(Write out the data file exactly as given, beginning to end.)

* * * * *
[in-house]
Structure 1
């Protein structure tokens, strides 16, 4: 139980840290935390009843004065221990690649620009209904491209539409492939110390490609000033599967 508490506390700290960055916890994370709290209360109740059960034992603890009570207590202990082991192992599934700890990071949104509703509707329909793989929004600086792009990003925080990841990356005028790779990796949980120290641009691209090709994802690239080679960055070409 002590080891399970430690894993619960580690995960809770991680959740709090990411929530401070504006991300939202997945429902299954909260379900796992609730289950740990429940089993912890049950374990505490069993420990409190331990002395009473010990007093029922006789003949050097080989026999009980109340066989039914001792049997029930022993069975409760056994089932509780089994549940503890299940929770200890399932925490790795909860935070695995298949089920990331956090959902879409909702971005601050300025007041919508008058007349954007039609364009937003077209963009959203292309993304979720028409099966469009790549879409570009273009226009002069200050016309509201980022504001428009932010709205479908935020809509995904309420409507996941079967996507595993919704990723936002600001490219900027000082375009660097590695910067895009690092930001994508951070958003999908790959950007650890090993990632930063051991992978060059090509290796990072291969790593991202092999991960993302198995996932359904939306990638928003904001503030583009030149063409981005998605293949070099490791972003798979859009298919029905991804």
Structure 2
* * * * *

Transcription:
[in-house]
Structure 1
């Protein structure tokens, strides 16, 4: 139980840290935390009843004065221990690649620009209904491209539409492939110390490609000033599967 508490506390700290960055916890994370709290209360109740059960034992603890009570207590202990082991192992599934700890990071949104509703509707329909793989929004600086792009990003925080990841990356005028790779990796949980120290641009691209090709994802690239080679960055070409 002590080891399970430690894993619960580690995960809770991680959740709090990411929530401070504006991300939202997945429902299954909260379900796992609730289950740990429940089993912890049950374990505490069993420990409190331990002395009473010990007093029922006789003949050097080989026999009980109340066989039914001792049997029930022993069975409760056994089932509780089994549940503890299940929770200890399932925490790795909860935070695995298949089920990331956090959902879409909702971005601050300025007041919508008058007349954007039609364009937003077209963009959203292309993304979720028409099966469009790549879409570009273009226009002069200050016309509201980022504001428009932010709205479908935020809509995904309420409507996941079967996507595993919704990723936002600001490219900027000082375009660097590695910067895009690092930001994508951070958003999908790959950007650890090993990632930063051991992978060059090509290796990072291969790593991202092999991960993302198995996932359904939306990638928003904001503030583009030149063409981005998605293949070099490791972003798979859009298919029905991804």
Structure 2